An Engineered Approach to Cement-Lined Tubing
- E.E. Runyan (Permian Enterprises)
- Document ID
- Society of Petroleum Engineers
- Journal of Petroleum Technology
- Publication Date
- June 1965
- Document Type
- Journal Paper
- 626 - 632
- 1965. Society of Petroleum Engineers
- 1 in the last 30 days
- 196 since 2007
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This paper presents previously unavailable date on the physical properties of cement-lined tubing. Using these properties, calculations are made to predict tubing behavior under field conditions. The results of these calculations are verified by laboratory and field tests. The principal conclusions reached are: (1) cement-lined tubing strings are effective to 9,000 ft, and calculations indicate that satisfactory performance will be obtained at depths to 14,000 ft; (2) hairline cracks do form in deep tubing strings, but they cause no break in corrosion protection; and (3) sour water systems offer no hazard to cement-lined tubing.
Lining injection-well tubing with cement is an old and proven approach to protecting tubing strings from internal corrosion. However, little work has been done in determining the actual physical properties of cement lining, and even less work has been done in applying these properties to engineering calculations to describe and predict its behavior. It is the purpose of this paper to contribute to the correction of this situation. The approach taken toward this goal is an examination of basic information on cements, with a cement lining being clearly defined. The properties of the lining are then examined. Engineering calculations are made to predict performance of the lining system. Laboratory and field-test results confirming these calculations are presented. Finally, applications and limitations are discussed along with recommended installation methods. A presentation of case histories concludes the paper.
A wealth of base information on cements and their application is available in the literature. This information is widely known and used by the other engineering sciences. Petroleum engineers, however, have not had ready access and exposure to this information; and, consequently, it has not been effectively applied to many oilfield problems. Some facts pertinent to the cement lining of tubing are: 1. Properties of cement mortars vary widely, and, therefore, they can be adapted to meet many applications. 2. Cement mortars in themselves are effective corrosion inhibitors. 3. Within limits, cracking of cement lining has no effect on corrosion protection. 4. Cement linings are self-repairing.
5. An excellent bond can be obtained between the walls of the steel tube and the cement sheath.
Properties of cement mortars will vary almost as widely as properties of the constituents used in them. Examples are the new epoxy-cement patching mortars and the new high-temperature mortars. In addition, properties are affected by the method of placing and curing the mortar in the pipe. Obviously then, cement linings can be engineered to many specific applications.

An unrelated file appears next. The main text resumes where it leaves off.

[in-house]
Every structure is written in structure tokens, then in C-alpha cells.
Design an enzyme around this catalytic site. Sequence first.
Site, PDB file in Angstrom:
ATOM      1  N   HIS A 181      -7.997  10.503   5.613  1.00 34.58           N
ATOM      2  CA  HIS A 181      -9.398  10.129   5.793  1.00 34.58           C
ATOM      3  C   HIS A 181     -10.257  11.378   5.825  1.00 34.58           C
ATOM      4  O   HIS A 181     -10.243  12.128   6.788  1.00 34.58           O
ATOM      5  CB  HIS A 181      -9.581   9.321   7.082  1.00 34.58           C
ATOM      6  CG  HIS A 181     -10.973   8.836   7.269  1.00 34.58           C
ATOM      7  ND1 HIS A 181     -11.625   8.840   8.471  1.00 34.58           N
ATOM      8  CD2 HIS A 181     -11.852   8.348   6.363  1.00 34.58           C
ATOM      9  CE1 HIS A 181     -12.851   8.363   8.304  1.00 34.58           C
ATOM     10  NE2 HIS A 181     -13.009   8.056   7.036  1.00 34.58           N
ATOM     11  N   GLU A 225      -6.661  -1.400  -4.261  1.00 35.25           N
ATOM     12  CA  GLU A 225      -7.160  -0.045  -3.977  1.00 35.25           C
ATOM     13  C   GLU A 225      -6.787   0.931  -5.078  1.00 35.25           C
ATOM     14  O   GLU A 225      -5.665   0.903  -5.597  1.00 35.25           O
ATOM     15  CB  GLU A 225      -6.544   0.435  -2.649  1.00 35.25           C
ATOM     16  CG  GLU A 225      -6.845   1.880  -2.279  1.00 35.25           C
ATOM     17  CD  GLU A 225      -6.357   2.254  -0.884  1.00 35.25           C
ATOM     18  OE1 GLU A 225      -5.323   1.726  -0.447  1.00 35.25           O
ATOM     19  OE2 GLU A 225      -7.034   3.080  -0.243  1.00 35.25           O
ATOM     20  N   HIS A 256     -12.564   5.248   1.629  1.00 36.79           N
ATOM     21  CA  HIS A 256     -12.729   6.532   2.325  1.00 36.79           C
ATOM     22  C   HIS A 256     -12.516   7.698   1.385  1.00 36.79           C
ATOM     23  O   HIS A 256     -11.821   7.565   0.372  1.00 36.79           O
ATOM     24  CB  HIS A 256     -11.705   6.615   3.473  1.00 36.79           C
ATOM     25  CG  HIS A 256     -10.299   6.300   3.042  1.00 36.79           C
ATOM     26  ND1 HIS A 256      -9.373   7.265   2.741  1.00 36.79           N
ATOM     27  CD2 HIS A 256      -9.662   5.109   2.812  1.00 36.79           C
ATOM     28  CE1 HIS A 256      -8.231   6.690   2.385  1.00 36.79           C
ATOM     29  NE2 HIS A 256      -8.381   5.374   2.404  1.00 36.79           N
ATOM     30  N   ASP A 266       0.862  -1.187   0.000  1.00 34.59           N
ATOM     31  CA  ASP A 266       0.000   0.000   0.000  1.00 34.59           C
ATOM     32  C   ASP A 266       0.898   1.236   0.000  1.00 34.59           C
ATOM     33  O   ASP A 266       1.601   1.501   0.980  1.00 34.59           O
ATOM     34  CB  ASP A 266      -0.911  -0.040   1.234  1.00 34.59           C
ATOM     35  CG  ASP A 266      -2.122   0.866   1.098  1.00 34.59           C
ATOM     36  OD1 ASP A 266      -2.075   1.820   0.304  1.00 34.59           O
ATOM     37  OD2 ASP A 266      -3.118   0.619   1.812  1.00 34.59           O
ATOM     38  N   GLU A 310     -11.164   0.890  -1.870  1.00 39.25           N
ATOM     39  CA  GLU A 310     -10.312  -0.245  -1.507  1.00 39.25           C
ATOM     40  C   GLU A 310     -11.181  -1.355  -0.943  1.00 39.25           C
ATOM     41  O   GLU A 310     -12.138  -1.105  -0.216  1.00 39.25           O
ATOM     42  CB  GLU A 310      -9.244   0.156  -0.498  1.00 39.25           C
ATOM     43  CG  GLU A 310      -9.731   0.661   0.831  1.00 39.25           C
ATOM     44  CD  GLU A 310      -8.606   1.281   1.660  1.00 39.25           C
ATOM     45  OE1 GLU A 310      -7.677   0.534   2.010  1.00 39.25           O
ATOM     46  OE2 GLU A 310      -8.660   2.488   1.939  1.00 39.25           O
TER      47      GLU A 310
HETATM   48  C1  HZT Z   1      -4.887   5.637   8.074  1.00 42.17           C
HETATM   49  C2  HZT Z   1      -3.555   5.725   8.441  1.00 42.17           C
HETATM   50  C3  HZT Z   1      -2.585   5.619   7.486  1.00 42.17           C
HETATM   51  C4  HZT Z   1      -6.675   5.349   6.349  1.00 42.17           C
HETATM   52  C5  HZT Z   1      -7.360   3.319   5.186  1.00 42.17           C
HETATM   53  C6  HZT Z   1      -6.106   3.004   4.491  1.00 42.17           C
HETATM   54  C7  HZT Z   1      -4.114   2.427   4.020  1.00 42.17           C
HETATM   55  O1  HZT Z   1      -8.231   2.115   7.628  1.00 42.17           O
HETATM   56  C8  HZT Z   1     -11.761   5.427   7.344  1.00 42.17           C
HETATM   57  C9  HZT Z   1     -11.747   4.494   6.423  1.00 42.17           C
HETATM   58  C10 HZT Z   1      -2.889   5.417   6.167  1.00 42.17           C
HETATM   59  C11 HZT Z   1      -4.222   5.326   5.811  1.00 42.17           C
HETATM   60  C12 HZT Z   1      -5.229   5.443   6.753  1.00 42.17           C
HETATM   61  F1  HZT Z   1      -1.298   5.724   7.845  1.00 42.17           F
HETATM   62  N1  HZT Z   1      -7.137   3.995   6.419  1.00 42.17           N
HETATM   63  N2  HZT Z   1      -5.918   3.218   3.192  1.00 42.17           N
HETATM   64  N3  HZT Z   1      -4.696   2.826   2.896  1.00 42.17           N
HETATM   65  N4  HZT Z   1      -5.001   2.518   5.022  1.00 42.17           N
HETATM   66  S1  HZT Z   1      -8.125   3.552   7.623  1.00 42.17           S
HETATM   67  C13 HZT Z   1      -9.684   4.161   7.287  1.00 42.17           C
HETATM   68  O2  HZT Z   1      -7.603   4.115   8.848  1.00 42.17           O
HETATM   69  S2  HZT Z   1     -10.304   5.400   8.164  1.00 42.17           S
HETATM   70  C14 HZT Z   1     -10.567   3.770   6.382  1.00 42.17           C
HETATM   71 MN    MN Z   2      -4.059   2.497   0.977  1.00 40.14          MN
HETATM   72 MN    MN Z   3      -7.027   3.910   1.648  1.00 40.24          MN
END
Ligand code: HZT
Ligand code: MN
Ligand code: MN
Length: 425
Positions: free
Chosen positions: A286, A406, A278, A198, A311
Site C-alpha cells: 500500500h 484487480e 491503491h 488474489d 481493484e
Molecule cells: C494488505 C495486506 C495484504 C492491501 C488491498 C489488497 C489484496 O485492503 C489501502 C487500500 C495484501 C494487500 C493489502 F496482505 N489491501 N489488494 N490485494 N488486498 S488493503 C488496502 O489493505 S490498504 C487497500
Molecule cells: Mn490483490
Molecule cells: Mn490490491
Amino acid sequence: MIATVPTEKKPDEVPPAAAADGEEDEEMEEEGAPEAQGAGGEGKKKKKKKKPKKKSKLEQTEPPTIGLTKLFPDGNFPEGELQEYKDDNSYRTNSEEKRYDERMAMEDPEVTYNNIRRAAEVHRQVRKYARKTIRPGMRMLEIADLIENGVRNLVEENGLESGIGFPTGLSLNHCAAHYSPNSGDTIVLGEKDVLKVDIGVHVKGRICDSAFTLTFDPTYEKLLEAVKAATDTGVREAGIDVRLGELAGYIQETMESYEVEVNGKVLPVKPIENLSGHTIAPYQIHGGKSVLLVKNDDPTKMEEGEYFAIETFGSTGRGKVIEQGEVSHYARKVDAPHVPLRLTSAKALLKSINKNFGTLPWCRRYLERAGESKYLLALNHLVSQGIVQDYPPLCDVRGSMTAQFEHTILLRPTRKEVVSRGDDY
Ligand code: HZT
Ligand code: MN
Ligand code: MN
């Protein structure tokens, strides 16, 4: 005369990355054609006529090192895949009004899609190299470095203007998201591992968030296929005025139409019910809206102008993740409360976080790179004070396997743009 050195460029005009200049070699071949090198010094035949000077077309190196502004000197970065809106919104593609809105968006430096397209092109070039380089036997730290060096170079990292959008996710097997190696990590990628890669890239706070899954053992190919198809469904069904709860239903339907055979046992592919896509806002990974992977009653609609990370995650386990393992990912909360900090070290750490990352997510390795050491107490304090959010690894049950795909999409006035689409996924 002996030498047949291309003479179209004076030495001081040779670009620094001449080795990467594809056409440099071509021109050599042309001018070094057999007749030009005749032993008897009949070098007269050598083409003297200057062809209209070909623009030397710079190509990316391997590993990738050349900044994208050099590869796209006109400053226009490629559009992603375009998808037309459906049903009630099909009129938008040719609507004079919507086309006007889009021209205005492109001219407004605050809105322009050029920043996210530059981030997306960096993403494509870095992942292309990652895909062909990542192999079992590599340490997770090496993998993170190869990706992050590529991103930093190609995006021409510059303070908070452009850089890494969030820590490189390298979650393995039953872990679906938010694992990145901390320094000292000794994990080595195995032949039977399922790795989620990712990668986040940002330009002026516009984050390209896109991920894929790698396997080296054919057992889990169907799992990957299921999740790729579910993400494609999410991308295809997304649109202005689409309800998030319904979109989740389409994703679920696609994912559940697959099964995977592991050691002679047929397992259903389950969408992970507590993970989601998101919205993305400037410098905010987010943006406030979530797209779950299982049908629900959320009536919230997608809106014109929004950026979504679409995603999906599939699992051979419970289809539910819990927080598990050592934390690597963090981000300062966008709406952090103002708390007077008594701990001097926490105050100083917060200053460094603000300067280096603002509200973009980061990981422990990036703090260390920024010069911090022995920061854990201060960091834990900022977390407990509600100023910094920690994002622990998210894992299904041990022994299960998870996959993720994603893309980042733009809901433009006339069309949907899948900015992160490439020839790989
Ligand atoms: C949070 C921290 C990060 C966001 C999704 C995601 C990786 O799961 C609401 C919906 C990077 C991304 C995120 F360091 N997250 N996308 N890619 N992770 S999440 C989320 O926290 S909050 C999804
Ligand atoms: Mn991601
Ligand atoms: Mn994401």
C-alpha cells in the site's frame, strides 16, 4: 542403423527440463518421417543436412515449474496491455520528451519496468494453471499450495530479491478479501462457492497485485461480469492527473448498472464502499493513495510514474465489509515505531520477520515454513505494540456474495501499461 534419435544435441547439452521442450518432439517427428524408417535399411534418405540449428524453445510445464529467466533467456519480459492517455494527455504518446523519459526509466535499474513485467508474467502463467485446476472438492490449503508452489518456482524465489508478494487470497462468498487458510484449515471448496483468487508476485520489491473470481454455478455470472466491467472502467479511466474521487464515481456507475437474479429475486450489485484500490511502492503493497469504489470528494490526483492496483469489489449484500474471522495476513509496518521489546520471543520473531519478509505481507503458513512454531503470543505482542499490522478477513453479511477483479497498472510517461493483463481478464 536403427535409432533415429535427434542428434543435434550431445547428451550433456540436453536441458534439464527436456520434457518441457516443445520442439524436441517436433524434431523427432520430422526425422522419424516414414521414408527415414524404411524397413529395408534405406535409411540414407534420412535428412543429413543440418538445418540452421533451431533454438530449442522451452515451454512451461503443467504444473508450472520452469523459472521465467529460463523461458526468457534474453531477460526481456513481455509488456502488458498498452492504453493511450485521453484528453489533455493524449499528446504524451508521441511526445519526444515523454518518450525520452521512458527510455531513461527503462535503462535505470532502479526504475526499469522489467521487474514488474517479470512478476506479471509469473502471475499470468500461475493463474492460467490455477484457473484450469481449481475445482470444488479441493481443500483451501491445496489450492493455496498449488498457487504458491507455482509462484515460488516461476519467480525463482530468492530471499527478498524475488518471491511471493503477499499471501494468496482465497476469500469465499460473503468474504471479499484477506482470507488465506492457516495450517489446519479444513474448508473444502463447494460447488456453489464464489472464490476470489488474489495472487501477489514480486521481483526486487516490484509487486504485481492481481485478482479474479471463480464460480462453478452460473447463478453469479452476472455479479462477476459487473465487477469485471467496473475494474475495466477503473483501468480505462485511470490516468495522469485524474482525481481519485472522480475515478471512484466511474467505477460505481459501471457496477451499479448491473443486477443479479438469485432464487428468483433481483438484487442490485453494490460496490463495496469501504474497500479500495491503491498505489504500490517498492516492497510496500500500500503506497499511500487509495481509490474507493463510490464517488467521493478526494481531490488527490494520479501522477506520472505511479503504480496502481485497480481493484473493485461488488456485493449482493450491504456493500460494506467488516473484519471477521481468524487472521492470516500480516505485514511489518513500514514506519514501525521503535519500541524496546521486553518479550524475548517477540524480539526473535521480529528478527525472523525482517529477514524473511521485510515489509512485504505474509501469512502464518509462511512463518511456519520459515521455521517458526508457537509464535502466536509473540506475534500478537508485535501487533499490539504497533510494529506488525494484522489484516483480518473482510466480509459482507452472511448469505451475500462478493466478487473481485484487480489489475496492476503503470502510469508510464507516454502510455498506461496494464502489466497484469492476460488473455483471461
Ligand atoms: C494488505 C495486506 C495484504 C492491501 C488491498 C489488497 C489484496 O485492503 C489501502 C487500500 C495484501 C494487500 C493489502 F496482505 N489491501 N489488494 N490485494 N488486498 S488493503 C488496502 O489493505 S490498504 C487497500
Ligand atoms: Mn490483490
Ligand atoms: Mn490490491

The effectiveness of concrete in protecting steel from corrosion in marine structures has been recognized for many years. This same protective mechanism will protect steel pipe with a lining of cement. Basically, this protective mechanism results from moisture in the cement absorbing calcium hydroxide and maintaining the pH in the steel-contact area above 12. At this pH, corrosion of the steel is prevented by the formation of a protective iron-oxide film on the steel surface. The protective mechanism is effective even in the presence of oxygen as long as the pH is maintained in the inhibitive range. This fact can be easily illustrated by placing common steel nails in two jars of tap water. To one jar add a few pieces of cement mortar. After allowing time for corrosion to occur, observe the nails. The nails in the jar containing fragments of cement will be unaffected while the nails in the second jar will be badly corroded. The protection will be due to the pH rise and consequent steel passivation in the jar containing the cement.
Cement linings always contain some moisture and when in water service are completely saturated. They are occasionally cracked during installation and are usually applied to surfaces which have not been sandblasted. Yet, they give effective protection. Again this protection is due to two properties of cement commonly known to structural engineers but often overlooked by petroleum engineers. The first of these is the passivation of the exposed steel in the crack by the pH rise of the water in the crack as discussed earlier. During installation a tension crack is formed, water immediately fills the crack, it absorbs calcium hydroxide from the freshly exposed cement surfaces, the pH rises and the steel is passivated. Of course there are limits to this process, but authorities agree that cracks of up to 2 mils offer no problem.
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